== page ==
Former pro player, coach and ESPN commentator. Current color analyst for the Milwaukee Wave Professional soccer team and co-host of a weekly soccer show on 1250 AM WSSP in Milwaukee.
Posted in Uncategorized on February 16, 2014
Like a seasoned NFL referee, spend some time under the hood reading and reviewing the Wells report. The evidence you will find is indisputable. Dolphin guard Richie Incognito is guilty of verbally abusing teammate Jonathan Martin and should be harshly punished by league commissioner Roger Godell. It is also fully conclusive that former Dolphin player John Jerry and current Dolphin All-Pro Center Mike Pouncey deserve a similar fate.
To place a major focus of the report on Incognito and allow Jerry and Pouncey to become footnotes in the story would be a mistake. After all, one could challenge Jerry was the main instigator in the Martin fall out due to initiating the course of action back in 2012. The Wells report clearly states Martin identified the onset of verbal harassment to around the first game of the 2012 season when according to Martin, Jerry repeatedly called him a “bitch” in a disrespectful and demeaning tone and dared Martin to “say something back”. When Martin did nothing, the insults escalated. Prior to this episode with Jerry, Martin indicated to Wells a positive and healthy relationship with Incognito.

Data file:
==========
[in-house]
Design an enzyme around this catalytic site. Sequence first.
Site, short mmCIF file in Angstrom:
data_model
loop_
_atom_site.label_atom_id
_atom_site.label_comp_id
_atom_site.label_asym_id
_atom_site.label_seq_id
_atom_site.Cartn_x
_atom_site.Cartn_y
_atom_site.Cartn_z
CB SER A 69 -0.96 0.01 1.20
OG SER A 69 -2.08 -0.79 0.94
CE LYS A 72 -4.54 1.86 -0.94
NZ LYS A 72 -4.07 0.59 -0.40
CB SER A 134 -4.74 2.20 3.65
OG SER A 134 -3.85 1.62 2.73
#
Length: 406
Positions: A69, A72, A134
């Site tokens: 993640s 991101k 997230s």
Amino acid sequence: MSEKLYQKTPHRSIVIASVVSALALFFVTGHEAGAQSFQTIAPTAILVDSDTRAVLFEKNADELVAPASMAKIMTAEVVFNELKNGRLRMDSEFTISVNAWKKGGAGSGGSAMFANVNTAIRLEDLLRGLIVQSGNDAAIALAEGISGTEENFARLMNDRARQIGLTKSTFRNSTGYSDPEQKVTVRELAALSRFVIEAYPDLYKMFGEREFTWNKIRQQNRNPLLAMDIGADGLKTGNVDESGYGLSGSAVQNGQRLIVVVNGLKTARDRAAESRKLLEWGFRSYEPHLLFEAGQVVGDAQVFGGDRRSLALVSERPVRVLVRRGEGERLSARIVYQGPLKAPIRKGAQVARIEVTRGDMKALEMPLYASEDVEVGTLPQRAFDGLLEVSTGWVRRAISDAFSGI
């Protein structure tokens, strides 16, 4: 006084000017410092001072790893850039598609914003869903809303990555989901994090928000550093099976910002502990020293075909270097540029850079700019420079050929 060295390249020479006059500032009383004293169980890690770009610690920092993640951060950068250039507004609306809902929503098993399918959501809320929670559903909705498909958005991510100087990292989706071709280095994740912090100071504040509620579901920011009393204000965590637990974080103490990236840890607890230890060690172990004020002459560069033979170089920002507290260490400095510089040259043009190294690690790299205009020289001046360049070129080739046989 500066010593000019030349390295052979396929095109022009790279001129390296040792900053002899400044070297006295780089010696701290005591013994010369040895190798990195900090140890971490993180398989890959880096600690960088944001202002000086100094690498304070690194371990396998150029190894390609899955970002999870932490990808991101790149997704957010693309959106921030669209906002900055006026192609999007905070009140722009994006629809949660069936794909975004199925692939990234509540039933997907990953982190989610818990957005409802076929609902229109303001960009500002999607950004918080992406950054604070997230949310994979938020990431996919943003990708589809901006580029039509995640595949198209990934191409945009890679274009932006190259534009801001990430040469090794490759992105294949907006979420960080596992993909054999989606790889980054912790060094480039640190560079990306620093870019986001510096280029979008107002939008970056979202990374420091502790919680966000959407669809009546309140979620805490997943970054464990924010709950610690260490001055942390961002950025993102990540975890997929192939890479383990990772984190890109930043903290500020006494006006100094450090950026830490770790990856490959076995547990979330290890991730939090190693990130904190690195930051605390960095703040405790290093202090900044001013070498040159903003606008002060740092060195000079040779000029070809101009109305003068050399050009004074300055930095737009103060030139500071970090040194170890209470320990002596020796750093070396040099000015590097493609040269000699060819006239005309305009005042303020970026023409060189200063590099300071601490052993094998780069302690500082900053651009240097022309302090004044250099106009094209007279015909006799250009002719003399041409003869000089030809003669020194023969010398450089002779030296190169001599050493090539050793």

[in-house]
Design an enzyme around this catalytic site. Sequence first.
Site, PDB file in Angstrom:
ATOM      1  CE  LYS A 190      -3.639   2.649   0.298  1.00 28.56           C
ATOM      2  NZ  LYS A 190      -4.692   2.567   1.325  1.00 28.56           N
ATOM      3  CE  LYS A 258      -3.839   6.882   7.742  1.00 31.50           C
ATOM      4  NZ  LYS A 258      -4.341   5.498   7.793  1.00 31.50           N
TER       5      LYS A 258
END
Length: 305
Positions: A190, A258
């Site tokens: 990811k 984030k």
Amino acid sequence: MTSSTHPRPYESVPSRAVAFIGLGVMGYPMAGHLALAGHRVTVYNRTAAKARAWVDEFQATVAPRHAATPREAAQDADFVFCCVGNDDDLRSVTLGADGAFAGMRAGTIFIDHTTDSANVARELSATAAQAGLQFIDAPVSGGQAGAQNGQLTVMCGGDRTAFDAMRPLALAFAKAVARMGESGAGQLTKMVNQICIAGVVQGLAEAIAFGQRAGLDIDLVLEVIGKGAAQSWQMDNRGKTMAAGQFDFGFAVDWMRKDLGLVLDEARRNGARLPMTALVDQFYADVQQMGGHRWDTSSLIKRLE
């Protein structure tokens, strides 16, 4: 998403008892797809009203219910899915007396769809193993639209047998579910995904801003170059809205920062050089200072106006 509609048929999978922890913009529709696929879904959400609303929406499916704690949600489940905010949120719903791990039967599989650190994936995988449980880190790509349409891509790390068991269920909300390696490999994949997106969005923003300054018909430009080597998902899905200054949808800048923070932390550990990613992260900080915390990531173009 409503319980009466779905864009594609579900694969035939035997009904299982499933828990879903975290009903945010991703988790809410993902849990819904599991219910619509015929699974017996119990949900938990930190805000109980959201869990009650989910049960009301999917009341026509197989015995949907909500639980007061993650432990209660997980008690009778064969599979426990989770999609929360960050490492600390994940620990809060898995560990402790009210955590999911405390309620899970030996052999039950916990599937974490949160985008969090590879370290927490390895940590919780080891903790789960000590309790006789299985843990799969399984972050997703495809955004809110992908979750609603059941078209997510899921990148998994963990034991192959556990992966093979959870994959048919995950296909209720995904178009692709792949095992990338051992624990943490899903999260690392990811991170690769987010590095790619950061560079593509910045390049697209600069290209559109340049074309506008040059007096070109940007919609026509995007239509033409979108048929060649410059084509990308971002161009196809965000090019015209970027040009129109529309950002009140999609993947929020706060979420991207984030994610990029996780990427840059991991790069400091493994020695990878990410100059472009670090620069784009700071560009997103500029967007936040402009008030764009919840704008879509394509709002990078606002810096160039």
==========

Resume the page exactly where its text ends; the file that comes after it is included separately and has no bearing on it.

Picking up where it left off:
The report offers numerous instances of Incognito’s, Jerry’s and Pouncey’s vile and abusive behaviors. Often Martin’s sister was the subject of the trio’s disgusting and demeaning comments aimed to rattle Martin. However, Martin indicated it was Jerry who was the worst offender with respect to his sister, saying his comments were incessant. Martin also claimed that Jerry frequently made these insults in front of teammates, including in the shower and team cafeteria, in a calculated effort to embarrass him. In another account, Martin said that Pouncey physically restrained an un-named Dolphin lineman and, in full view of players, told Jerry to “come get some” and that Jerry responded by touching the lineman in a way that simulated a sexual act.
While you consider what penalties the three players should incur, what responsibility lies with the coaches? The Wells report accurately points out players cannot regulate players. Coaches must regulate players.